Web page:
Easy access to a water carbonation machine, such as one in the home, is a healthy scenario as it spurs people to not only drink more water but reduce their intake of sugary drinks, according to a new study.

The research, conducted by celebrity fitness trainer Kathy Kaehler, who founded the Sunday Setup Diet, and SodaStream, a water carbonation vendor, focused on water consumption by consumers when they are given sparkling water makers for the home environment.

On average, the study's 16 participants increased water intake by approximately 46 percent. Women averaged an increase of water consumption by about 72 percent, while men cut their intake of sugary drinks by approximately 56 percent. 

The results, according to Scott Guthrie, general manager of Americas at SodaStream USA, supports a thesis SodaStream has long believed is valid.

"The recent study confirmed several facts that we had already identified -- SodaStream users consume less sugary beverages, and understand that having fresh sparkling water easily available at home helps them drink [more water than the average American]," Guthrie told Tech Times.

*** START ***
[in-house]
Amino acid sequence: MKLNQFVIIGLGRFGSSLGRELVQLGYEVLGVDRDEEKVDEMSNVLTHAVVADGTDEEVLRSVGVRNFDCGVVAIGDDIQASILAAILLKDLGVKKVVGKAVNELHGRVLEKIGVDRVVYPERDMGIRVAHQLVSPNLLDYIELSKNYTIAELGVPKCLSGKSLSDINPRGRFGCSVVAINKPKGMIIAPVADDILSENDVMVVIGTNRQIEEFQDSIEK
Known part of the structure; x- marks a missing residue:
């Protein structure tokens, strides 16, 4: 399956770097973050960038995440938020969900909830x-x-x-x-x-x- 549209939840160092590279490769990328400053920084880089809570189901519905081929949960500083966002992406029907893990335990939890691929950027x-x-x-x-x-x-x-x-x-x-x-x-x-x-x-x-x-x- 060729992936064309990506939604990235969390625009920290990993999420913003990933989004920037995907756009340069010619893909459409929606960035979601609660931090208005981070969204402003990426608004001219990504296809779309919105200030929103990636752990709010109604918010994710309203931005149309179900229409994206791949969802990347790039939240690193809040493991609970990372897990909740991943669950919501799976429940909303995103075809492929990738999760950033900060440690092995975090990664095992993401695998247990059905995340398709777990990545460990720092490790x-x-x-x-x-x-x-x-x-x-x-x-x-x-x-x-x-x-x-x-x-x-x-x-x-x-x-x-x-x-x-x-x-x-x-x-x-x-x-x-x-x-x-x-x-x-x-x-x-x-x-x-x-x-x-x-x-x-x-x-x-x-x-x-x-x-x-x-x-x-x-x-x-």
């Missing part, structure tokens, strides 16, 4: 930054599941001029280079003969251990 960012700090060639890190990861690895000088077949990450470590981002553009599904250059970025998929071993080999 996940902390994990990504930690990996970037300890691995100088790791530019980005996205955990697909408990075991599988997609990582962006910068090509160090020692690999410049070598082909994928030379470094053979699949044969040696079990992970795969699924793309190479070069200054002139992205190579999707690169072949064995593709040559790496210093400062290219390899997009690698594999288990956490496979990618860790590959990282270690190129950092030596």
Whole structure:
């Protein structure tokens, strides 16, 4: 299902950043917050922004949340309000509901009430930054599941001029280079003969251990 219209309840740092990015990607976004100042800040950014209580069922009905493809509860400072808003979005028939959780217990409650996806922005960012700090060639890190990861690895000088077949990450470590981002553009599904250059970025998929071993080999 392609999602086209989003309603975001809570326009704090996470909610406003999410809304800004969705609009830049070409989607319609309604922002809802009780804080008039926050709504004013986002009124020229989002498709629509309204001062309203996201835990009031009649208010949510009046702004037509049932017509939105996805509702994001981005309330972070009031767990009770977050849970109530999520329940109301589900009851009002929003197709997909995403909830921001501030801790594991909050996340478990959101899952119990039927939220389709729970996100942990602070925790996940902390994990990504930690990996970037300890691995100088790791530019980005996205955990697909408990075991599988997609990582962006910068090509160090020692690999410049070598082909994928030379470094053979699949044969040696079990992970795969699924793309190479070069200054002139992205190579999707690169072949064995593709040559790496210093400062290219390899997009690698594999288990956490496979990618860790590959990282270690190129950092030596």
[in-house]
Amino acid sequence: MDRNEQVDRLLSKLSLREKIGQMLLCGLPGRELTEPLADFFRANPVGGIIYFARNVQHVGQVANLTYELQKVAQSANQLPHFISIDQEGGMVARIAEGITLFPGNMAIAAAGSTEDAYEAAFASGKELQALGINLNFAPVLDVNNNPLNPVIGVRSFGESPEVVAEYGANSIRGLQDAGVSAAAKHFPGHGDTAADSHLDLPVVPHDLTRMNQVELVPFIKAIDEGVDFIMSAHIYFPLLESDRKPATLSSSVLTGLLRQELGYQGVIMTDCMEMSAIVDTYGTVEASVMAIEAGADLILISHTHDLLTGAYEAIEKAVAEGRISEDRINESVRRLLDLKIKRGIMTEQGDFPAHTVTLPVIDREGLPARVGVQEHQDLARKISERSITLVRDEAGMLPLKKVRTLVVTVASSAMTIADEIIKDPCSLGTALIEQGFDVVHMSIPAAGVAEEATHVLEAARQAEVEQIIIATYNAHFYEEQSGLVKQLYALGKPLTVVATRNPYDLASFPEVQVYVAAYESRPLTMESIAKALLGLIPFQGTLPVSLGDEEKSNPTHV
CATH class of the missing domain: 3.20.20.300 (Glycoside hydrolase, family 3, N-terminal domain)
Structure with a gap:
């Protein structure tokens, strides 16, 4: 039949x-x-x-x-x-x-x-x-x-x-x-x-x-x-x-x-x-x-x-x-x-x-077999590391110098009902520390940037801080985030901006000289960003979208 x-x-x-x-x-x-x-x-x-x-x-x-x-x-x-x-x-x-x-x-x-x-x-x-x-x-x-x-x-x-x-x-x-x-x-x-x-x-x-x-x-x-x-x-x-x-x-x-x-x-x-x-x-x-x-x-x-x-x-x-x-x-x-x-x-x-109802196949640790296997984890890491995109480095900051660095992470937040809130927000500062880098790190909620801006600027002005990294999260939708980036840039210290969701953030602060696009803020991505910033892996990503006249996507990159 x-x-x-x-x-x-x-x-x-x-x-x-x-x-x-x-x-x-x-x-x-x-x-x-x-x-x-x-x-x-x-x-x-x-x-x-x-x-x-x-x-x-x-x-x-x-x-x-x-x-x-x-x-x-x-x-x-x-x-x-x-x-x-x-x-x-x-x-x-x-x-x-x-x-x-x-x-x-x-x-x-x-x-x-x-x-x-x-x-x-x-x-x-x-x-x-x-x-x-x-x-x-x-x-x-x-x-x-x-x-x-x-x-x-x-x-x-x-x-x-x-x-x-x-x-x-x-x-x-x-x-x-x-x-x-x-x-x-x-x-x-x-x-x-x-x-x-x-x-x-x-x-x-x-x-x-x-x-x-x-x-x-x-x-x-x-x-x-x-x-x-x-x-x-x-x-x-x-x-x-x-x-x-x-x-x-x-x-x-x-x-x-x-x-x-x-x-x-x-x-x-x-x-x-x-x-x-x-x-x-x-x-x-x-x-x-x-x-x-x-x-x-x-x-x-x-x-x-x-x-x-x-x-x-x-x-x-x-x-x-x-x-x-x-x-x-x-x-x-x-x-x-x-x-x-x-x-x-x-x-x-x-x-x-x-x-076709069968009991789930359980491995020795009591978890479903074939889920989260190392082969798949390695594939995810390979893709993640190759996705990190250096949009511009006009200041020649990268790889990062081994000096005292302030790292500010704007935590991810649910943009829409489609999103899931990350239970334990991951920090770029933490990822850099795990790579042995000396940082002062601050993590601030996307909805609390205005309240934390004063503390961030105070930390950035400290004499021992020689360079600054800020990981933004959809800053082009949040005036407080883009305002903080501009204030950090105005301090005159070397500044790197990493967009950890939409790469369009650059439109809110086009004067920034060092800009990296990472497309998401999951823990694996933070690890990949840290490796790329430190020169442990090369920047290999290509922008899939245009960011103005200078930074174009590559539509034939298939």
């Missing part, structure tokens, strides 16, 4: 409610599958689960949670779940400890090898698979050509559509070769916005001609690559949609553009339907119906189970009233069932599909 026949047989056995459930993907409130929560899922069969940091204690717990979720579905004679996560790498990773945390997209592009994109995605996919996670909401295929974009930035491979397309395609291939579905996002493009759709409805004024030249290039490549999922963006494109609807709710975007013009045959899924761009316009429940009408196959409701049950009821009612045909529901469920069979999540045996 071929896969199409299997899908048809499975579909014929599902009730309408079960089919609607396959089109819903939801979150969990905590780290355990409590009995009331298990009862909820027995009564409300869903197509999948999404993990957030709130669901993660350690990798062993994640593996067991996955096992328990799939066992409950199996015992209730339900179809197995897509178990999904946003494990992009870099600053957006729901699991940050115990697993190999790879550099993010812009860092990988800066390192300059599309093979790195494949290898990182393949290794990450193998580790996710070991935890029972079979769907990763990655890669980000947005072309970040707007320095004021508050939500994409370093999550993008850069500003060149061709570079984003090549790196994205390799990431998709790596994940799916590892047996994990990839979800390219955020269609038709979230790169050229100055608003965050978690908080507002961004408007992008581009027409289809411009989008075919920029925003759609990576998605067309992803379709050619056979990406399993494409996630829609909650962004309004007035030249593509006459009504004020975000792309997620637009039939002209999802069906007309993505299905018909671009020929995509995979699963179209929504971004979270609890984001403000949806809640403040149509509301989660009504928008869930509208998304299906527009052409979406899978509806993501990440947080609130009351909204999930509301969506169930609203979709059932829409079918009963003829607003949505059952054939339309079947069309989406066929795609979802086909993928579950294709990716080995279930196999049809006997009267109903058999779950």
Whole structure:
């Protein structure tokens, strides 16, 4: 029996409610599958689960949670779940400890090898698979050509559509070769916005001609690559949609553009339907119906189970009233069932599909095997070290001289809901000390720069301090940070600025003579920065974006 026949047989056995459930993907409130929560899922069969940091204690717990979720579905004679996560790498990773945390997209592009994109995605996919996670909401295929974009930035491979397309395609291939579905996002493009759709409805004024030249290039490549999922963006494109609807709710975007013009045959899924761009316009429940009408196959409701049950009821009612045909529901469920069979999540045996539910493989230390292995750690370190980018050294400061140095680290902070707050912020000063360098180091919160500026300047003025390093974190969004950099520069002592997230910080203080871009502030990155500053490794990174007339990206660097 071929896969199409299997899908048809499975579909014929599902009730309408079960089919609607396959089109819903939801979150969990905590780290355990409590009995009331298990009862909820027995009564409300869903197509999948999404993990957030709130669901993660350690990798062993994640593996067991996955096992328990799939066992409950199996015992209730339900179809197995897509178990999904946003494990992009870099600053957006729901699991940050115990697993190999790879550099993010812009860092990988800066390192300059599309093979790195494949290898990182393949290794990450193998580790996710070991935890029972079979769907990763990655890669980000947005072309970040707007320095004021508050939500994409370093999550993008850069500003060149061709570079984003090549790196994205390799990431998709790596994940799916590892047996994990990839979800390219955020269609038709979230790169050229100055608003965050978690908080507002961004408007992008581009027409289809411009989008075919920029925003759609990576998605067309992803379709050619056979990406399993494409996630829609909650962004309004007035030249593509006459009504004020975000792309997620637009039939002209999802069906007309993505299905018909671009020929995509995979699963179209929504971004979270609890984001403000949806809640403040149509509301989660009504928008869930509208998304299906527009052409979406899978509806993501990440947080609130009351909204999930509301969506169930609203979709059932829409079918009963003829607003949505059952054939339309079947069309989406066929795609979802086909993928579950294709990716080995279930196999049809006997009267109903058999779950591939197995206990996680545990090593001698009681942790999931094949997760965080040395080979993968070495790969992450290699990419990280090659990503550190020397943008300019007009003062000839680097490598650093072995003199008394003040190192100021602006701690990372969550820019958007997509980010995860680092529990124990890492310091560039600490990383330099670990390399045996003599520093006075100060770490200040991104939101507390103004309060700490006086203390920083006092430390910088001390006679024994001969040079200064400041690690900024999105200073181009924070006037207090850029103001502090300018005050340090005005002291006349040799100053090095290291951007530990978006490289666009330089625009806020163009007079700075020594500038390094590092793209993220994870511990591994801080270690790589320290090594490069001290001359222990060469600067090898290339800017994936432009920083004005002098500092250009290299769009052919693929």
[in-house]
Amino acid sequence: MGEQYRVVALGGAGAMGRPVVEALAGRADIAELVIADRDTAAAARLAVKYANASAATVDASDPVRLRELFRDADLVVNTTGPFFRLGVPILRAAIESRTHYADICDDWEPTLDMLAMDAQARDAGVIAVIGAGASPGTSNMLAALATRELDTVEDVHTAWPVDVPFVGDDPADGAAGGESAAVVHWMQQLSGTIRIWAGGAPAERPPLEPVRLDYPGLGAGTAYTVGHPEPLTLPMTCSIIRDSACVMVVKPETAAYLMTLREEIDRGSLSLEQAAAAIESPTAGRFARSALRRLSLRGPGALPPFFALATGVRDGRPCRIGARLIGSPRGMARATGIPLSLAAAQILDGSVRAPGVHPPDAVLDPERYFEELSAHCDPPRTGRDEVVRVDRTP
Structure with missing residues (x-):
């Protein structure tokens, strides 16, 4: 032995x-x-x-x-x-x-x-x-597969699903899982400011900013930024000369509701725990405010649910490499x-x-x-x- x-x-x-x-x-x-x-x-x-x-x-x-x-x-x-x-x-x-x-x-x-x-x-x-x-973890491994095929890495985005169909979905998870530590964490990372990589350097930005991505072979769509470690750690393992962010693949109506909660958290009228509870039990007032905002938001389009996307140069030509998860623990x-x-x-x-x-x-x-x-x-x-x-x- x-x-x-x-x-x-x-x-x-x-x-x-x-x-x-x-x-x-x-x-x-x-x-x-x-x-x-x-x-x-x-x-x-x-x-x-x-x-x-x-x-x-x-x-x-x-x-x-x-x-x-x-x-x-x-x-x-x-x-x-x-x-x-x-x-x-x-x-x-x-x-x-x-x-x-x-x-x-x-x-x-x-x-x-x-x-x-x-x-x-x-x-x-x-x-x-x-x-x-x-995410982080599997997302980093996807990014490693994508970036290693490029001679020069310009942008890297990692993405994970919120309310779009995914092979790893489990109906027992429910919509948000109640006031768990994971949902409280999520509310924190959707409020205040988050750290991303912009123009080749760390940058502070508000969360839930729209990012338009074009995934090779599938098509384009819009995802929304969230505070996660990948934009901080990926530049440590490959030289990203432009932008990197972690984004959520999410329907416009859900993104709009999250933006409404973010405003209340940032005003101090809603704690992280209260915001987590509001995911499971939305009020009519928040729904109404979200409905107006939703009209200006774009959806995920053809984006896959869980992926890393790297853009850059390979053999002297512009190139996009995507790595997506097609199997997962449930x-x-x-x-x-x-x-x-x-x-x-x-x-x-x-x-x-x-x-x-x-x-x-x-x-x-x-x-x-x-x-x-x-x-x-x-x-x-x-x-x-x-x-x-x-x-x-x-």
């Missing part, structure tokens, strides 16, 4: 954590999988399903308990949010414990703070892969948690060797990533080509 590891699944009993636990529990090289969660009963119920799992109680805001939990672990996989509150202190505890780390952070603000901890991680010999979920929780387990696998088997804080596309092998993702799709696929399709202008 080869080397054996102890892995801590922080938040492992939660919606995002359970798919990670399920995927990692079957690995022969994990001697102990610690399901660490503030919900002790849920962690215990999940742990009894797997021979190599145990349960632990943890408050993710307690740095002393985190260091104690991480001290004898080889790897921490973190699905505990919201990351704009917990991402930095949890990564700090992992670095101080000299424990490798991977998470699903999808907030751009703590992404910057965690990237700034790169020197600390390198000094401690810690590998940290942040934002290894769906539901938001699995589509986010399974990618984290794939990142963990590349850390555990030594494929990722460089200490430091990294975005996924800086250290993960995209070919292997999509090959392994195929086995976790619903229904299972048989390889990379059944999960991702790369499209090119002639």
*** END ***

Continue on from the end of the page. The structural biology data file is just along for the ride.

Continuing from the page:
Kaehler says the study revealed that 78 percent of the participants were encouraged to drink more water in general, which she notes presents a much healthier lifestyle.

"When you drink more water, you will feel good and look good. Not to mention, reducing the consumption of sugary beverages significantly reduces the risk of diet-related diseases such as obesity, diabetes, heart disease, and gout," she told Tech Times.

The health debate regarding soda and sugary drinks has gotten a bit louder in the past year with some studies noting sodas with sugar, and even some "diet" options, may present health concerns down the road.

The issue also recently prompted a unique challenge for a sixth grader in Livingston, Mont., who took on a bet to go cold turkey with soft drinks for a year. If he succeeded, his parents offered a $500 reward.

"This is a zero-tolerance agreement," stated the $500 contract agreement between the child and his parents. "Therefore, under no circumstances will Child receive a 'second chance.' Child takes full responsibility for honoring and upholding this contract."

A year after coating his taste buds with a final soft drink, the sixth grader hit the one-year anniversary on Jan. 3 and collected his $500. His older brother, however, when offered the same deal, opted out.

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